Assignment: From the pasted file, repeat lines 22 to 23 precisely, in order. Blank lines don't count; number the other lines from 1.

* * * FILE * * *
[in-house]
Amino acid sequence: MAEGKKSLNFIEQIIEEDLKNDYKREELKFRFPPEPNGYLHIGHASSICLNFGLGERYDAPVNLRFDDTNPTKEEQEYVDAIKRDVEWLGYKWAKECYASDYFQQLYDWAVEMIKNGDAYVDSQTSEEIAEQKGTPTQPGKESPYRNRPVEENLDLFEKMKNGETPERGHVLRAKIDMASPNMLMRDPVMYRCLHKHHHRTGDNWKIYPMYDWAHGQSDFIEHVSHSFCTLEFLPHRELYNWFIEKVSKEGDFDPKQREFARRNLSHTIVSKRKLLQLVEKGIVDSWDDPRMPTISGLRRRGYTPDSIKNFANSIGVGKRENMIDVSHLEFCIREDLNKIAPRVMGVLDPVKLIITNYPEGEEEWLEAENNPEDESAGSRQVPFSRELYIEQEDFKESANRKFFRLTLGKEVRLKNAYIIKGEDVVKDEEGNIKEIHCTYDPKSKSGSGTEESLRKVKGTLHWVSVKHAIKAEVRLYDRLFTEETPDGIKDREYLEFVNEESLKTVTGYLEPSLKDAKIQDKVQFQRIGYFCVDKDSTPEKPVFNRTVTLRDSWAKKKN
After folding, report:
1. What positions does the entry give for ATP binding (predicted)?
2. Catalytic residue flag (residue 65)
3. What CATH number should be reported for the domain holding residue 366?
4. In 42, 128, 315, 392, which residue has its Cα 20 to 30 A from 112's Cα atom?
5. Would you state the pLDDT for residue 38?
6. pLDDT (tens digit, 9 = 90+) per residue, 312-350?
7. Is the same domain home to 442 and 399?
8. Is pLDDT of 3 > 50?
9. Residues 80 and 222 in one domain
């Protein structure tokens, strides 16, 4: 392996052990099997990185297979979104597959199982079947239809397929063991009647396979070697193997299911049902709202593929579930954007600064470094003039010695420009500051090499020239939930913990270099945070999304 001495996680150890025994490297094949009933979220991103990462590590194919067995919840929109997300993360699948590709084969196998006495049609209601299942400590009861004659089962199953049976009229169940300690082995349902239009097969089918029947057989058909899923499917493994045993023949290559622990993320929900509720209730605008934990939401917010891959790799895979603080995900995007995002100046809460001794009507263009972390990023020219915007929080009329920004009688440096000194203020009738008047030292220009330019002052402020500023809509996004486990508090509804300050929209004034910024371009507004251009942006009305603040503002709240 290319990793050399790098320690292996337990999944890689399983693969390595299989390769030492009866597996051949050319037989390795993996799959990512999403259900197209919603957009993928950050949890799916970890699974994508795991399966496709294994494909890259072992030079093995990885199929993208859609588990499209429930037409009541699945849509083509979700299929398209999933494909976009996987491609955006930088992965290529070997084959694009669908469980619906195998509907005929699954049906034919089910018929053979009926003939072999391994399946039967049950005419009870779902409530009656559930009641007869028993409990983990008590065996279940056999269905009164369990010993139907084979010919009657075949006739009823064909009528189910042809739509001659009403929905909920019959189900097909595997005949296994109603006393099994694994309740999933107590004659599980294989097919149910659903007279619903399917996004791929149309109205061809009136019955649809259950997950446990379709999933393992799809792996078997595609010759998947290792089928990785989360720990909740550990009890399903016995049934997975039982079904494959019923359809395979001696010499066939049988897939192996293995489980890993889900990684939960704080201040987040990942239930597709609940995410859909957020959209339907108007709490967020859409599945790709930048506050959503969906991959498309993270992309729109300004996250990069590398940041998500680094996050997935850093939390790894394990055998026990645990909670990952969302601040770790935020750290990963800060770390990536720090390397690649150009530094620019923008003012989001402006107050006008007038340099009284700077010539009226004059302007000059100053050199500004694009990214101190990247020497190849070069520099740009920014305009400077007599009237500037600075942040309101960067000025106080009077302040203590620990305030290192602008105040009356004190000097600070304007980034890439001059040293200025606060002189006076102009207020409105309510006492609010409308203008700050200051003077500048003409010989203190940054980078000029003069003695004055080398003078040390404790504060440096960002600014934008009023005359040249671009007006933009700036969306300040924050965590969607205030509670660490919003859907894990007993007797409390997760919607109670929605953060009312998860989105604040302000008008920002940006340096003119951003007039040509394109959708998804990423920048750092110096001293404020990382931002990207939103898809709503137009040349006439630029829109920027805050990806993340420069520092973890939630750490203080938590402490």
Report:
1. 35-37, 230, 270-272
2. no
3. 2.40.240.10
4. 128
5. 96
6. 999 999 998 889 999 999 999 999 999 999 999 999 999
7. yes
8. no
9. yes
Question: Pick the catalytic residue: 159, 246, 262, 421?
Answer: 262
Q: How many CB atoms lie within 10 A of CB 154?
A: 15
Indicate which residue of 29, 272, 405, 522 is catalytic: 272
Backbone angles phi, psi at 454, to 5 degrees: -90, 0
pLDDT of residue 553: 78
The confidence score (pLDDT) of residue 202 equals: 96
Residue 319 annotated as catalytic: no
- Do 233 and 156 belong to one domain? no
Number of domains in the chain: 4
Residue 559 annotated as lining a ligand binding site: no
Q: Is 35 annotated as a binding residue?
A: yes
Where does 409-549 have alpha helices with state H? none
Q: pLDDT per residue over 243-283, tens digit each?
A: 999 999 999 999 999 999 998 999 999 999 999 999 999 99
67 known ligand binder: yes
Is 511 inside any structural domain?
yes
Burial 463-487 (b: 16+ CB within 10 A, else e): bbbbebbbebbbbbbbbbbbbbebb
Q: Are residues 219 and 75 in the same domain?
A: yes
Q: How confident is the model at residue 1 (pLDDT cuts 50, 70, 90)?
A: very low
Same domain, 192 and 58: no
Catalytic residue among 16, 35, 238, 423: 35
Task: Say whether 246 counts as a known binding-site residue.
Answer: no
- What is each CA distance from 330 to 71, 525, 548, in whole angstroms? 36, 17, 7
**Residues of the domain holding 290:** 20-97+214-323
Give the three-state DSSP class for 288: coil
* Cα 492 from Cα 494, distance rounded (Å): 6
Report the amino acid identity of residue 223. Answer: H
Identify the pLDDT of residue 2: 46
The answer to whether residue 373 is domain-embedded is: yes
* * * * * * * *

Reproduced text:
8. no
9. yes